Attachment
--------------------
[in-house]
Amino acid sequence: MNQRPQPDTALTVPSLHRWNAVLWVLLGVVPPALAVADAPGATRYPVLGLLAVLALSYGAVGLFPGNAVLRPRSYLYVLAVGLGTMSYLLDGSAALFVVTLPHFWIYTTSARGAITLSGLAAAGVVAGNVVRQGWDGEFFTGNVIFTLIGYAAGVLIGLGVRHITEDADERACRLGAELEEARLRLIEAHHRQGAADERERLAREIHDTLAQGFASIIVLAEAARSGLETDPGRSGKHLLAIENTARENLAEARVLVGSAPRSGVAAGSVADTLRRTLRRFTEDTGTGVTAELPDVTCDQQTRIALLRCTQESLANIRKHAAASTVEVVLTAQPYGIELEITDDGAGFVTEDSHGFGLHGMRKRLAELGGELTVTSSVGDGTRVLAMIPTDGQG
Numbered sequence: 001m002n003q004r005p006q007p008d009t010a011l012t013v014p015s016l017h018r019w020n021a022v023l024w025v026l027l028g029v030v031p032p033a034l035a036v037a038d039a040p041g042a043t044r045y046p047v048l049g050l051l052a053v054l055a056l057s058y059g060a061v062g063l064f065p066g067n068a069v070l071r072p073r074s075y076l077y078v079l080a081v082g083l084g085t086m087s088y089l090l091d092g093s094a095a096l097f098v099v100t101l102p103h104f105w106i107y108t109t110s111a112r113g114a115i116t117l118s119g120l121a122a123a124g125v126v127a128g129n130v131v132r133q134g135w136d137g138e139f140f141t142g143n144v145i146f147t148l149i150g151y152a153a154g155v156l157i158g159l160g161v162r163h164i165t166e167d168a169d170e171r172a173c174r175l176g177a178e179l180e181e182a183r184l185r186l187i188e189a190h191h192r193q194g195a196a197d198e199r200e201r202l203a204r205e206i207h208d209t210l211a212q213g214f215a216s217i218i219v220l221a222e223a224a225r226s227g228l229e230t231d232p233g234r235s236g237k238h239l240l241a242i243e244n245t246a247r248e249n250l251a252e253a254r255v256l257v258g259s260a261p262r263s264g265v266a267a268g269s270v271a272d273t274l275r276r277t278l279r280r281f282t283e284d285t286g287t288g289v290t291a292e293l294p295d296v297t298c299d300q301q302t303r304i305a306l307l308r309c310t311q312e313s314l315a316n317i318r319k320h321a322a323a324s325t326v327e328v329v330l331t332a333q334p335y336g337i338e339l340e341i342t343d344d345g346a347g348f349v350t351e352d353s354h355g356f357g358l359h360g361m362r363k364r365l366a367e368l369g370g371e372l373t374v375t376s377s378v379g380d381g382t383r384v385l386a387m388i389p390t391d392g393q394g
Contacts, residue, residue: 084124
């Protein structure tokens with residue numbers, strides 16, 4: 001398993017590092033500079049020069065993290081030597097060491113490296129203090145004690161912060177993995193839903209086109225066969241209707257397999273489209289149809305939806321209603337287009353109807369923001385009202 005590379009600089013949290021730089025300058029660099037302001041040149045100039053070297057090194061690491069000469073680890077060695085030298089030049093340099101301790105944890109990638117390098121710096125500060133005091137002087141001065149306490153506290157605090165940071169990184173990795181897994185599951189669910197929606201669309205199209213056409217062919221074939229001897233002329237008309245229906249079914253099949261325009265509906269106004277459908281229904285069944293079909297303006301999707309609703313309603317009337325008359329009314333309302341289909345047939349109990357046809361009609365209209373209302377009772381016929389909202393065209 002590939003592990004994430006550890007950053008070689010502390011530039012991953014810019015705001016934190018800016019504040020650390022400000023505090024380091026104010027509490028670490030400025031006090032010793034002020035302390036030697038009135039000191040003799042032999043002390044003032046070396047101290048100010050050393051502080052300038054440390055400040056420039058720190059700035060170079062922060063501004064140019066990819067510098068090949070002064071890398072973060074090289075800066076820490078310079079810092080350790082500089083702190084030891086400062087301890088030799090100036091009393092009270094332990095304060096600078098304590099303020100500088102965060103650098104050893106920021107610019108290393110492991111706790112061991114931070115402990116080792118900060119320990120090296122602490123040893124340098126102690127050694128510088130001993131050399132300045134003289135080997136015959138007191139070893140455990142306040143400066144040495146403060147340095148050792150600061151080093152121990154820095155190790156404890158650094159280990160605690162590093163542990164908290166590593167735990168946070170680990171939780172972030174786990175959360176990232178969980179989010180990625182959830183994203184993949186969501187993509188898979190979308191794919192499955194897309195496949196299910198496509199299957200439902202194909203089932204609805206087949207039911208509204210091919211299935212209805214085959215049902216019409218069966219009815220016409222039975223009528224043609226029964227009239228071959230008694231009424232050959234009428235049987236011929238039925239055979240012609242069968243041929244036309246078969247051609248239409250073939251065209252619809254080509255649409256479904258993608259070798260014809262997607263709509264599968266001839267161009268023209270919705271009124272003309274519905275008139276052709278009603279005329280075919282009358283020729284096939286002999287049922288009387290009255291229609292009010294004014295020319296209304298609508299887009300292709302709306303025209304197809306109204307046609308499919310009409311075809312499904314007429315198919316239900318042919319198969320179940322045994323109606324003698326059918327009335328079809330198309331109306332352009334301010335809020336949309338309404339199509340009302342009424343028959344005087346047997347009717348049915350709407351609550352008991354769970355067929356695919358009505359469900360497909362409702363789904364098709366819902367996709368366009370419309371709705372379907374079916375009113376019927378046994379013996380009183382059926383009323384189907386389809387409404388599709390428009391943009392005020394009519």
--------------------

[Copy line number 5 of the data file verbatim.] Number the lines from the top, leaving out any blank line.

């Protein structure tokens with residue numbers, strides 16, 4: 001398993017590092033500079049020069065993290081030597097060491113490296129203090145004690161912060177993995193839903209086109225066969241209707257397999273489209289149809305939806321209603337287009353109807369923001385009202 005590379009600089013949290021730089025300058029660099037302001041040149045100039053070297057090194061690491069000469073680890077060695085030298089030049093340099101301790105944890109990638117390098121710096125500060133005091137002087141001065149306490153506290157605090165940071169990184173990795181897994185599951189669910197929606201669309205199209213056409217062919221074939229001897233002329237008309245229906249079914253099949261325009265509906269106004277459908281229904285069944293079909297303006301999707309609703313309603317009337325008359329009314333309302341289909345047939349109990357046809361009609365209209373209302377009772381016929389909202393065209 002590939003592990004994430006550890007950053008070689010502390011530039012991953014810019015705001016934190018800016019504040020650390022400000023505090024380091026104010027509490028670490030400025031006090032010793034002020035302390036030697038009135039000191040003799042032999043002390044003032046070396047101290048100010050050393051502080052300038054440390055400040056420039058720190059700035060170079062922060063501004064140019066990819067510098068090949070002064071890398072973060074090289075800066076820490078310079079810092080350790082500089083702190084030891086400062087301890088030799090100036091009393092009270094332990095304060096600078098304590099303020100500088102965060103650098104050893106920021107610019108290393110492991111706790112061991114931070115402990116080792118900060119320990120090296122602490123040893124340098126102690127050694128510088130001993131050399132300045134003289135080997136015959138007191139070893140455990142306040143400066144040495146403060147340095148050792150600061151080093152121990154820095155190790156404890158650094159280990160605690162590093163542990164908290166590593167735990168946070170680990171939780172972030174786990175959360176990232178969980179989010180990625182959830183994203184993949186969501187993509188898979190979308191794919192499955194897309195496949196299910198496509199299957200439902202194909203089932204609805206087949207039911208509204210091919211299935212209805214085959215049902216019409218069966219009815220016409222039975223009528224043609226029964227009239228071959230008694231009424232050959234009428235049987236011929238039925239055979240012609242069968243041929244036309246078969247051609248239409250073939251065209252619809254080509255649409256479904258993608259070798260014809262997607263709509264599968266001839267161009268023209270919705271009124272003309274519905275008139276052709278009603279005329280075919282009358283020729284096939286002999287049922288009387290009255291229609292009010294004014295020319296209304298609508299887009300292709302709306303025209304197809306109204307046609308499919310009409311075809312499904314007429315198919316239900318042919319198969320179940322045994323109606324003698326059918327009335328079809330198309331109306332352009334301010335809020336949309338309404339199509340009302342009424343028959344005087346047997347009717348049915350709407351609550352008991354769970355067929356695919358009505359469900360497909362409702363789904364098709366819902367996709368366009370419309371709705372379907374079916375009113376019927378046994379013996380009183382059926383009323384189907386389809387409404388599709390428009391943009392005020394009519």